“The rapid development of digitalization contributes to the ever-growing global datasphere. The total amount of data created in the world is forecast to increase dramatically in the coming years, reaching 175 zettabytes in 2025.”
“Between 1986 and 2007, the world’s technological capacity to receive information through one-way broadcast networks was 0.432 zettabytes of optimally compressed information in 1986, 0.715 ZB in 1993, 1.2 ZB in 2000, and 1.9 (optimally compressed) ZB in 2007, this being the informational equivalent to every person on Earth receiving 174 newspapers per day.”
1ZB = 1 trillion GB
The Five Tips
Explain the why…
As an employer it’s all too easy to dish out what looks like ‘busy work’ without explaining the why. The truth is that employees need to be brought on a journey to understand exactly what they are doing and why – and how this feeds into the bigger picture for your business. Make sure your employees know the benefits of data cleaning and how this will help the company in the long run.
Give clear instructions…
Your data cleaning exercise might seem fairly straightforward but even so, document the steps and give this to your employees as a guide. It will reduce the likelihood of errors. Ask for regular feedback in case anyone comes across anomalies or errors elsewhere in the data. Find out how these are being dealt with and update your guidance document if necessary.
Spread the load…
Let’s be honest. Data cleaning is not the most exciting job, even when you know exactly why you’re doing it. Where possible, split the work among a few people so it’s a team effort and nobody feels like they’re carrying the entire load.
Calculate timings and set achievable targets…
Figure out how many lines of data can realistically be cleaned per hour. Set some targets for your employees based on this so that they have something to work towards.
Data cleaning is tough. It requires long hours and patience so it’s important to make sure your employees are as comfortable as possible and that they are not straining their eyes or body in any way by sitting in front of a screen for extended periods. Encourage them to take regular breaks and to stretch often.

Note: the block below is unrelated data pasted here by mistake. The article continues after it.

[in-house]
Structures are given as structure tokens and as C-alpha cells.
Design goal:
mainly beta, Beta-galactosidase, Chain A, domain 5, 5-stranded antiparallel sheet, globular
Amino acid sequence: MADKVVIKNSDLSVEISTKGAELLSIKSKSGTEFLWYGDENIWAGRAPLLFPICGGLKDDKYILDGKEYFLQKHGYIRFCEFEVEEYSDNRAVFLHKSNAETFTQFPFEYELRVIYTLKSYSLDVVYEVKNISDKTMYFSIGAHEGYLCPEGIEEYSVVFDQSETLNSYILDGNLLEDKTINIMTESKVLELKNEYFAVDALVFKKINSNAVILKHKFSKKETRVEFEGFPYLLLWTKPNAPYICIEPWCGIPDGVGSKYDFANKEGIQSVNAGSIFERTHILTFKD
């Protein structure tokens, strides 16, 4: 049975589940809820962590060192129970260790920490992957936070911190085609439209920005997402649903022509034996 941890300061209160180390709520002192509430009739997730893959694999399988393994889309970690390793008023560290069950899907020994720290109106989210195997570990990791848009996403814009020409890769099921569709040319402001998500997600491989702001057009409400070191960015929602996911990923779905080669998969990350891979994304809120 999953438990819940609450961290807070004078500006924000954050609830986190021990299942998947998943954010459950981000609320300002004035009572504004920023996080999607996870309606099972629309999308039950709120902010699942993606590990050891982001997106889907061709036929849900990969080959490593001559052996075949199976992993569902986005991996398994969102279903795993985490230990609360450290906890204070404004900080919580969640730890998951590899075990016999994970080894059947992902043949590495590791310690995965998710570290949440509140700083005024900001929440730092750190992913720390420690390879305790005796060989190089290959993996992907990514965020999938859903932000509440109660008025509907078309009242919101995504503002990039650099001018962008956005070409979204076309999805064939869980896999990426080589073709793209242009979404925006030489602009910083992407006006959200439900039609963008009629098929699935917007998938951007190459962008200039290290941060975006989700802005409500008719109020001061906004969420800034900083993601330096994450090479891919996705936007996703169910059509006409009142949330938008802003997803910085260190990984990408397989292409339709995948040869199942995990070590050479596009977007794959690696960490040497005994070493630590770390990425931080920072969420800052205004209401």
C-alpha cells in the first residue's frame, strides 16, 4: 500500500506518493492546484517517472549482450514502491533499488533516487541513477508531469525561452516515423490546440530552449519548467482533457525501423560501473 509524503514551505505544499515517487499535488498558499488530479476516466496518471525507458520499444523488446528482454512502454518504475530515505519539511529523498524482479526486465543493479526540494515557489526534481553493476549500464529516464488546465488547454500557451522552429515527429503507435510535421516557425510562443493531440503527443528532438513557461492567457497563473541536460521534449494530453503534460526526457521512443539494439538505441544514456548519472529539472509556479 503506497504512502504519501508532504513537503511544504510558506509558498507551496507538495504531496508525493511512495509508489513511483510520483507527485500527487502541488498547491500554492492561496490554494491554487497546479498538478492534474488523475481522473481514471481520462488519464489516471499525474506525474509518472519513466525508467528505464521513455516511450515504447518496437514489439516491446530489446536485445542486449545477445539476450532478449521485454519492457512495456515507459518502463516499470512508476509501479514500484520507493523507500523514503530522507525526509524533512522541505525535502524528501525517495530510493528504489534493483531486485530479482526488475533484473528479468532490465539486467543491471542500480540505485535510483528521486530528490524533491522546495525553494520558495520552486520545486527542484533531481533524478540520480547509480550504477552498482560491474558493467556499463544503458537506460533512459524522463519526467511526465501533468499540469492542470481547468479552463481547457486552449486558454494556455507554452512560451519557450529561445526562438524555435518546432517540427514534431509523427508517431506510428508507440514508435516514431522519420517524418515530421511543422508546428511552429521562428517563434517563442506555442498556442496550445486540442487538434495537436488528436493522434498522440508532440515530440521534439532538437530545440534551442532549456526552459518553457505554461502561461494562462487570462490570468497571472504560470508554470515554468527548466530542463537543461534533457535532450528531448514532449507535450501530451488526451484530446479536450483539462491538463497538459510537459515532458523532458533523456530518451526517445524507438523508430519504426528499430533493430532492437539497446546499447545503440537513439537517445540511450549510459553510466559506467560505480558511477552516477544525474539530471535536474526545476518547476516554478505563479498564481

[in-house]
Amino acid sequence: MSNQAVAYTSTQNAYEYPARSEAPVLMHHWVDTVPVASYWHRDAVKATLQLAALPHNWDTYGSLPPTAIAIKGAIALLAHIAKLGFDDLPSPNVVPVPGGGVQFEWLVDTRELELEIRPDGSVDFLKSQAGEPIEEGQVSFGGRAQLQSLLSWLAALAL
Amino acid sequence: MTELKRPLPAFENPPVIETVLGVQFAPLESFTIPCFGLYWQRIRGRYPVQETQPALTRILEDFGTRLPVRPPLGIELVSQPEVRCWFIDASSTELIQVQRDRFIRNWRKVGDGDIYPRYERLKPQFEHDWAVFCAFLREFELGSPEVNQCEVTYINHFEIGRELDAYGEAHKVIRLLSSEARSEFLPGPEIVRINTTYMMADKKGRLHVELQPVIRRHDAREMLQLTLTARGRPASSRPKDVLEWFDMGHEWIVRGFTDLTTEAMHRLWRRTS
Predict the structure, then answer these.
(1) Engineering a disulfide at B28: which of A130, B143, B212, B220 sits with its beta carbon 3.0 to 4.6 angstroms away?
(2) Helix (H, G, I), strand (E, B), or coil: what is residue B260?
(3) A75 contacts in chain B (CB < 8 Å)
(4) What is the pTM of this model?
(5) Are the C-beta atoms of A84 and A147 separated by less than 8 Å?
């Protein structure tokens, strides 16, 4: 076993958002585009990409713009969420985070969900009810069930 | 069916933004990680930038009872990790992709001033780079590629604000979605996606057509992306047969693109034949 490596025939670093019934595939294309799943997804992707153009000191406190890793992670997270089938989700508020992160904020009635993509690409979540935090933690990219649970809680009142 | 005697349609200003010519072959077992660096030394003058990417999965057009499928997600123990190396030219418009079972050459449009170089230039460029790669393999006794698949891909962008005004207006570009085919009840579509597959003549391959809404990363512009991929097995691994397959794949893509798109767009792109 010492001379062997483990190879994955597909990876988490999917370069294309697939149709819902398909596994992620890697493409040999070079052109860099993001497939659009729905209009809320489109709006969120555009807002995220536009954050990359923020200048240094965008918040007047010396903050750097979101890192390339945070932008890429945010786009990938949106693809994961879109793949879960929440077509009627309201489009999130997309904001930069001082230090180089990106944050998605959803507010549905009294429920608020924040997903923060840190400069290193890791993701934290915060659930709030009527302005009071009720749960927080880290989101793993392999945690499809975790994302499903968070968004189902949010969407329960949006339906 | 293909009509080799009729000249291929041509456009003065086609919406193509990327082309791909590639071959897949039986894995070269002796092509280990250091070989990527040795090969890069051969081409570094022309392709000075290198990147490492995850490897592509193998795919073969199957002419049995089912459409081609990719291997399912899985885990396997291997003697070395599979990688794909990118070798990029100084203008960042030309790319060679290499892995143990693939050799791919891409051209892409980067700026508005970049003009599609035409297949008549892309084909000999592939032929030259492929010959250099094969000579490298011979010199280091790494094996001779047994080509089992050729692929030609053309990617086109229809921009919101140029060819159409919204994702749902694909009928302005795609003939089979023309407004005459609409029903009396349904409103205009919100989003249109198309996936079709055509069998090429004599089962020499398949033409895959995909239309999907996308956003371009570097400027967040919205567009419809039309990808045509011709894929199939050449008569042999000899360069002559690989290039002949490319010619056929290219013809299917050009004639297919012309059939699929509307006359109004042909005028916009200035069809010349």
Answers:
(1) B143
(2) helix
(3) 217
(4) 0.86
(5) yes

Three essential items for your data cleaning projects;
1. Decent sized HD monitor – to reduce eye strain.
2. Monitor / screen riser – the top of your monitor should be at eye level to reduce neck and back strain.
3. Sit stand desk converter – standing while working for 15 minutes out of every hour can do absolute wonders for your physical (and mental) health – check out our other article for more on this;
‘Take a Stand for Office Wellbeing with Leap Desks’, … https://www.stacked.ie/leap-desks-stacked-office-wellbeing/
It’s also important to mention that having a robust process in place for collecting up to date and accurate data at the first point of contact is essential. This will help to reduce the amount of poor-quality data in your system, as time goes on.
Contact information will always need to be checked and updated as it will go out of date naturally but if you are collecting and properly recording key information on things like addresses and sectors, then the workload is being reduced and the process simplified.
It is also a good idea to do a bit of research to see if any of your data cleaning or checking processes can be automated. There are lots of tools and software on the market today that may be able to help you streamline and speed up these processes.